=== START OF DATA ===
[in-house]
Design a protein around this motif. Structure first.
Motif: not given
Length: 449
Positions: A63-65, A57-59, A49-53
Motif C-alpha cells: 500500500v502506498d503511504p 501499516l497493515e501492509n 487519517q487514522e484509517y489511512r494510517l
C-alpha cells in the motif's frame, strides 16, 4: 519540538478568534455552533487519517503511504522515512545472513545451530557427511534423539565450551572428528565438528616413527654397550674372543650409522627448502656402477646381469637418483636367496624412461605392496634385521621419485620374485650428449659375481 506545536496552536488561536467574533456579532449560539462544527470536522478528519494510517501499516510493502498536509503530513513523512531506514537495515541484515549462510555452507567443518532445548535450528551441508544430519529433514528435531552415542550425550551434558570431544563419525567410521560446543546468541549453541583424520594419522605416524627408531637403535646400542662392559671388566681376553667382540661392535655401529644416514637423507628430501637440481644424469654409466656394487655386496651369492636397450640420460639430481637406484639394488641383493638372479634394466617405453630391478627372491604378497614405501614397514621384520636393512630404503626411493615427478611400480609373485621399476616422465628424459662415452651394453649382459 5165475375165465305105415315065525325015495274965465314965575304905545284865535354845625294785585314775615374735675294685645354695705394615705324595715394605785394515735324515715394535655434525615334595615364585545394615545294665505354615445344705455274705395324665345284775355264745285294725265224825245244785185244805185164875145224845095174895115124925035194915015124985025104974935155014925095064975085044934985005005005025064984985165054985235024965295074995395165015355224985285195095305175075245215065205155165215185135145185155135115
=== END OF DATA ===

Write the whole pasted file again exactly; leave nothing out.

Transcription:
[in-house]
Design a protein around this motif. Structure first.
Motif: not given
Length: 449
Positions: A63-65, A57-59, A49-53
Motif C-alpha cells: 500500500v502506498d503511504p 501499516l497493515e501492509n 487519517q487514522e484509517y489511512r494510517l
C-alpha cells in the motif's frame, strides 16, 4: 519540538478568534455552533487519517503511504522515512545472513545451530557427511534423539565450551572428528565438528616413527654397550674372543650409522627448502656402477646381469637418483636367496624412461605392496634385521621419485620374485650428449659375481 506545536496552536488561536467574533456579532449560539462544527470536522478528519494510517501499516510493502498536509503530513513523512531506514537495515541484515549462510555452507567443518532445548535450528551441508544430519529433514528435531552415542550425550551434558570431544563419525567410521560446543546468541549453541583424520594419522605416524627408531637403535646400542662392559671388566681376553667382540661392535655401529644416514637423507628430501637440481644424469654409466656394487655386496651369492636397450640420460639430481637406484639394488641383493638372479634394466617405453630391478627372491604378497614405501614397514621384520636393512630404503626411493615427478611400480609373485621399476616422465628424459662415452651394453649382459 5165475375165465305105415315065525325015495274965465314965575304905545284865535354845625294785585314775615374735675294685645354695705394615705324595715394605785394515735324515715394535655434525615334595615364585545394615545294665505354615445344705455274705395324665345284775355264745285294725265224825245244785185244805185164875145224845095174895115124925035194915015124985025104974935155014925095064975085044934985005005005025064984985165054985235024965295074995395165015355224985285195095305175075245215065205155165215185135145185155135115